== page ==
E-transfer sent to the wrong person? The money could be gone for good

Two Ontario residents are warning others to double check their Interac e-transfers recipients before they send the transfers after they lost money making the same mistake.

While Interac says the vast majority of e-transfers are sent without any issues, if you send an e-transfer to the wrong person, it can be difficult to get the money back.

“This is not a case of a fraudster, this is not a scammer, this is just me making a mistake,” Kestrel Gibson of Toronto told CTV News Toronto..

Gibson meant to transfer $3,000 from one of her accounts to another account, but she accidentally sent it to her old phone number, a number that now belongs to someone else.

That person received her funds and, because they had auto deposit set up, the money was automatically deposited into their account.

“Because I had her phone number, I called her and she answered the phone and listened to what I had to say, but then she hung up on me and she hasn’t taken any of my calls since,” Gibson said.

Tim Heffernan of Toronto owed his accountant $2,700 for services and sent him two e-transfers, but he accidentally sent it to someone on his payee list he did business with seven years ago, who had a name that was almost the same except for one letter.

“I was very frustrated for making the mistake in the first place,” Heffernan said, adding, “I almost immediately recognized it was a mistake and that I had sent it to the wrong person.”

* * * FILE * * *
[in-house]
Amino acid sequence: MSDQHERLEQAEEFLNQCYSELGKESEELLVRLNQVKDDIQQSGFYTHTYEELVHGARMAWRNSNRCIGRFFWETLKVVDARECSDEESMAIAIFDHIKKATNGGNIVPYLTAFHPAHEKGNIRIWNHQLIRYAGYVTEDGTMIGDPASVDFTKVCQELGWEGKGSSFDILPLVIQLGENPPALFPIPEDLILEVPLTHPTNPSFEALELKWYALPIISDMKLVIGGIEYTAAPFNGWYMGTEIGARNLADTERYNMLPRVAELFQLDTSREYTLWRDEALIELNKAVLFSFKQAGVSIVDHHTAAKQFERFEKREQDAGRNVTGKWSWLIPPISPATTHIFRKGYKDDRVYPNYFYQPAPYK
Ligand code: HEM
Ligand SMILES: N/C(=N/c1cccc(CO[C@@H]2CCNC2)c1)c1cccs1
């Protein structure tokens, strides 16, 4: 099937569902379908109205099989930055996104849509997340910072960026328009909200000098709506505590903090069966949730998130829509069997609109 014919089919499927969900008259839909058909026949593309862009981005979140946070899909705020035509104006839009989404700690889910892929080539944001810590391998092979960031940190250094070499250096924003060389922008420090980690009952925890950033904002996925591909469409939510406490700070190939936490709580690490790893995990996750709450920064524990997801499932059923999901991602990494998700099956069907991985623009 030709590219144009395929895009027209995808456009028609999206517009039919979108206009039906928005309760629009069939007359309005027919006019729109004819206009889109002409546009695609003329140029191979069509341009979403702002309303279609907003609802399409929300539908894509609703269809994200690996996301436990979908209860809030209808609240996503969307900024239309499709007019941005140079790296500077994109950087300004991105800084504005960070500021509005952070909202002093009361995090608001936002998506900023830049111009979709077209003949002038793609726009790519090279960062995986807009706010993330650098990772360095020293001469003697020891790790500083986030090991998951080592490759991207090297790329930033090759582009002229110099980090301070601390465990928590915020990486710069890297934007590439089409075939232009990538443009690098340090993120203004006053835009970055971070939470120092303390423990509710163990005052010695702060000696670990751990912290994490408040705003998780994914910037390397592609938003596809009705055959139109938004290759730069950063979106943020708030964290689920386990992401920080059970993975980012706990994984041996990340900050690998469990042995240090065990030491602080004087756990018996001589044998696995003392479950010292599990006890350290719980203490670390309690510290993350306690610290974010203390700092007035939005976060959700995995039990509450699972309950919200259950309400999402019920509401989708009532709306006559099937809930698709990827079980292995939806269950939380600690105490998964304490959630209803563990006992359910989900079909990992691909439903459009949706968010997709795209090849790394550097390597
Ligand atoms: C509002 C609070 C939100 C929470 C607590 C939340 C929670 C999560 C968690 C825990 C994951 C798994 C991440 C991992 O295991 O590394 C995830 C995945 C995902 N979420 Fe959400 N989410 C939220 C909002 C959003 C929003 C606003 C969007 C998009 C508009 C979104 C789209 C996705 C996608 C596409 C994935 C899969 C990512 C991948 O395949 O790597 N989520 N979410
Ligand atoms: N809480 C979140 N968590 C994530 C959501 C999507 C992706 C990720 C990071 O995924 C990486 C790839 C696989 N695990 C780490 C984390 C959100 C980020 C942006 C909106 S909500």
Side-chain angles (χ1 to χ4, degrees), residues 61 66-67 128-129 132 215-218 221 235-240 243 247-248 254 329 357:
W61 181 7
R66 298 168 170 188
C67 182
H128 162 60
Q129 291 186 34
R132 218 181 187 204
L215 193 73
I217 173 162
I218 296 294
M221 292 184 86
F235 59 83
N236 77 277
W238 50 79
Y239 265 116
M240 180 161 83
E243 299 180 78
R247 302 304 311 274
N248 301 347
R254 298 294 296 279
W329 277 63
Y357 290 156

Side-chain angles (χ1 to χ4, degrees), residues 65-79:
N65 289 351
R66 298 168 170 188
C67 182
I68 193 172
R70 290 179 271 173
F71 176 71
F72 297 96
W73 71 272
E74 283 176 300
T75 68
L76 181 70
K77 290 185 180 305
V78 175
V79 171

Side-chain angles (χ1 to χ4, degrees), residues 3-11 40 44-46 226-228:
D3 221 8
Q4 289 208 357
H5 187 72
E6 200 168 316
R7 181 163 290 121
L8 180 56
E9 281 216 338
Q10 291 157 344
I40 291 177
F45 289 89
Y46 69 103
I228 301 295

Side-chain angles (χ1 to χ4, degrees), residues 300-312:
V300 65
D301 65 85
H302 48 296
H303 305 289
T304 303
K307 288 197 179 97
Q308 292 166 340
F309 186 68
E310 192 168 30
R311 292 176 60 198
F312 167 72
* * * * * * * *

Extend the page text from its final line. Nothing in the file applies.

Interac says e-transfers are like sending cash, so users must make sure they have the correct details before hitting send.

“We always encourage them to double check who you are sending it to, are those details accurate and if it’s auto deposit validate the legal name. These are the best practices,” Anurag Kar, the associate vice president of Interac Corporation, told CTV News Toronto.

Kar said Interac is the network that facilitates payments, and that any mistakes sending e-transfers should be reported to your bank.

“Your first step should always be to reach out to your financial institution and they can start their process on their side of investigating what happened to the money,” he said.

In Heffernan’s case, the person sent back $2,000 but kept $700 and he is hopeful they will send the rest.

Gibson’s appeal to her bank for the return of her funds was denied, but the bank agreed to review her case again after being contacted by CTV News Toronto.

Gibson said if she has to she will go to small claims court to get her $3,000.

“That’s my hard earned money and I would like to get that back.”

Interac said currently nine out of ten people send e-transfers and the number continues to grow each year with 49 per cent of customers doing it more often since the beginning of the pandemic.

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